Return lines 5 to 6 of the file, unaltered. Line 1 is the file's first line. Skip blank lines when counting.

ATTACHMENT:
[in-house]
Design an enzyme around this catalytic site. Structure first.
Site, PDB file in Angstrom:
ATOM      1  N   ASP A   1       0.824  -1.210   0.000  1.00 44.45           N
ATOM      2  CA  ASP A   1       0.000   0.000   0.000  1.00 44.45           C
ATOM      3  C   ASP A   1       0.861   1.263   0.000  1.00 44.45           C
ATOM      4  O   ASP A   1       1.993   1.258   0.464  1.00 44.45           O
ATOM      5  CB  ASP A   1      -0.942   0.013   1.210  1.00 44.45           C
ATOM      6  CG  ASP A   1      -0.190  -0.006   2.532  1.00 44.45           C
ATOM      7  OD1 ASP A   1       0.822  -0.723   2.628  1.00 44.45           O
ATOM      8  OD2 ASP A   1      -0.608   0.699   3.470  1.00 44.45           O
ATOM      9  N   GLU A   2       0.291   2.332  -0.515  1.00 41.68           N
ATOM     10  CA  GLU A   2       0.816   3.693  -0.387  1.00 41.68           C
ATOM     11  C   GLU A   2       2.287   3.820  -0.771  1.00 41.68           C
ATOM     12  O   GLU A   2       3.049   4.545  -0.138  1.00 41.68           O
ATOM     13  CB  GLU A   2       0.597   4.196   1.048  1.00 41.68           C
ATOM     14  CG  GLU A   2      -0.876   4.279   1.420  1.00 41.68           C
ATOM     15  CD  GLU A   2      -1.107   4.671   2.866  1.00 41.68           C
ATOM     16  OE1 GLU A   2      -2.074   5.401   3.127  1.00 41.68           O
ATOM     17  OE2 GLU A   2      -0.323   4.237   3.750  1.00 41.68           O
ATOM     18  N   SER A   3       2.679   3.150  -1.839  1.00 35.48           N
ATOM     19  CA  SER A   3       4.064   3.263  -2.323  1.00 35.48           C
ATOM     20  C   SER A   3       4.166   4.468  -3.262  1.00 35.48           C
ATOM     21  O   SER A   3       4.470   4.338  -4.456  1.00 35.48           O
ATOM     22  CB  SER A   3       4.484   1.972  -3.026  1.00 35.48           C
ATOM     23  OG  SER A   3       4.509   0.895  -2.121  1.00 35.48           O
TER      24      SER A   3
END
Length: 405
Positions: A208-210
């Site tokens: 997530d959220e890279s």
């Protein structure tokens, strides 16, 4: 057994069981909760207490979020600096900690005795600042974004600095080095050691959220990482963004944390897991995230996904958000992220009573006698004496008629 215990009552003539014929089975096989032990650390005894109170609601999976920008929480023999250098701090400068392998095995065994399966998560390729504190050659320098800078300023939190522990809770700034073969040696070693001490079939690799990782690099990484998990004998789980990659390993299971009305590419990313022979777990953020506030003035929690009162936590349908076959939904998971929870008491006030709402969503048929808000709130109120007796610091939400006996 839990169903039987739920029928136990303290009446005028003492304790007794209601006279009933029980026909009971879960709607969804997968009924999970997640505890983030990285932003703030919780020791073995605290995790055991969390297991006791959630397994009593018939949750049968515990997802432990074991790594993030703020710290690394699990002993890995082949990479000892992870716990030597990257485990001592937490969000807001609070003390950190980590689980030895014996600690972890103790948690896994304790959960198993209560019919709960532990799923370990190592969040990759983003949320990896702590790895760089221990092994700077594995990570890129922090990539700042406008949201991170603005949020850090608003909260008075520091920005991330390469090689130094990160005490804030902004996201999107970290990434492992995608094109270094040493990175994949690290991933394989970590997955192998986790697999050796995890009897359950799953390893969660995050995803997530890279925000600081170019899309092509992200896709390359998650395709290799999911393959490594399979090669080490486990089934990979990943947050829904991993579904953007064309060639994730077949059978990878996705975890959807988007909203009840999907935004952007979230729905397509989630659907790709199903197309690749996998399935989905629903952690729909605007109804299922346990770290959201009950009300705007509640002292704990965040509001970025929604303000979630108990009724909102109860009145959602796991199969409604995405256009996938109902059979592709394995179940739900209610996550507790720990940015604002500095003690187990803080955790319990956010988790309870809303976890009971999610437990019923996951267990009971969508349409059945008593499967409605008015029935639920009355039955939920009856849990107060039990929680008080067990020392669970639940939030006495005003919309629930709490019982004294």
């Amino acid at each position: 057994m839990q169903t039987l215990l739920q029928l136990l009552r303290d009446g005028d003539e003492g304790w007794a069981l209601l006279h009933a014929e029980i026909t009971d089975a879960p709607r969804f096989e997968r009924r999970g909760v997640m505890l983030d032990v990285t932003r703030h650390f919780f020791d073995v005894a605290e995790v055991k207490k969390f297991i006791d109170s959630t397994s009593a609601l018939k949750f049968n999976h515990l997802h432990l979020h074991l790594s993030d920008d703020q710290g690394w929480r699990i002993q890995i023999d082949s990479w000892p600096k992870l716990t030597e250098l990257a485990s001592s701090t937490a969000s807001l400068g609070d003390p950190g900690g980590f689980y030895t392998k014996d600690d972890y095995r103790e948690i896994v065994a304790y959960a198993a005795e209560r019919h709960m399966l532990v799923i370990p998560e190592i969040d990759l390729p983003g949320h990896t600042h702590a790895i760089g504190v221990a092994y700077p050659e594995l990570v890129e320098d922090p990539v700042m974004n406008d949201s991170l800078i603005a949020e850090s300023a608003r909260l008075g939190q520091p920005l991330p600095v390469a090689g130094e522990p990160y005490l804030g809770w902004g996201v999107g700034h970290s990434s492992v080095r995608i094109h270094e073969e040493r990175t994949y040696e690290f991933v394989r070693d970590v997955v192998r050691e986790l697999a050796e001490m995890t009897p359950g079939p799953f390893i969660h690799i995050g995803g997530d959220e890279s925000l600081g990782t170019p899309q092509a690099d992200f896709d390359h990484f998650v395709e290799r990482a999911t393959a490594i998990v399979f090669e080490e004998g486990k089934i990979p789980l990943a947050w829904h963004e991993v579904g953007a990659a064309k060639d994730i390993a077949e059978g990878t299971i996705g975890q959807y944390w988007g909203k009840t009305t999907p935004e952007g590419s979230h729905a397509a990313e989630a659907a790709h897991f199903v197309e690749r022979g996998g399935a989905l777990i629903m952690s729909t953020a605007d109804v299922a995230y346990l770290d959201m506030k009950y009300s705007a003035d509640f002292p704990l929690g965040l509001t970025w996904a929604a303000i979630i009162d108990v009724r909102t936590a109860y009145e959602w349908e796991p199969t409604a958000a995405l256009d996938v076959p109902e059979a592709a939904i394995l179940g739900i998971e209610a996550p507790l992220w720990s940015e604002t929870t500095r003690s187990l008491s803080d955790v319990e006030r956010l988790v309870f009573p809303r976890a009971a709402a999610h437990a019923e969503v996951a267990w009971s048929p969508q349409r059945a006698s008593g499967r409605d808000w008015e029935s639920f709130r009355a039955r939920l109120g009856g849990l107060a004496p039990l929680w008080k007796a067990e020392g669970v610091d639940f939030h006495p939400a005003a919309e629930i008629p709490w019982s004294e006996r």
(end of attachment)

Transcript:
ATOM      2  CA  ASP A   1       0.000   0.000   0.000  1.00 44.45           C
ATOM      3  C   ASP A   1       0.861   1.263   0.000  1.00 44.45           C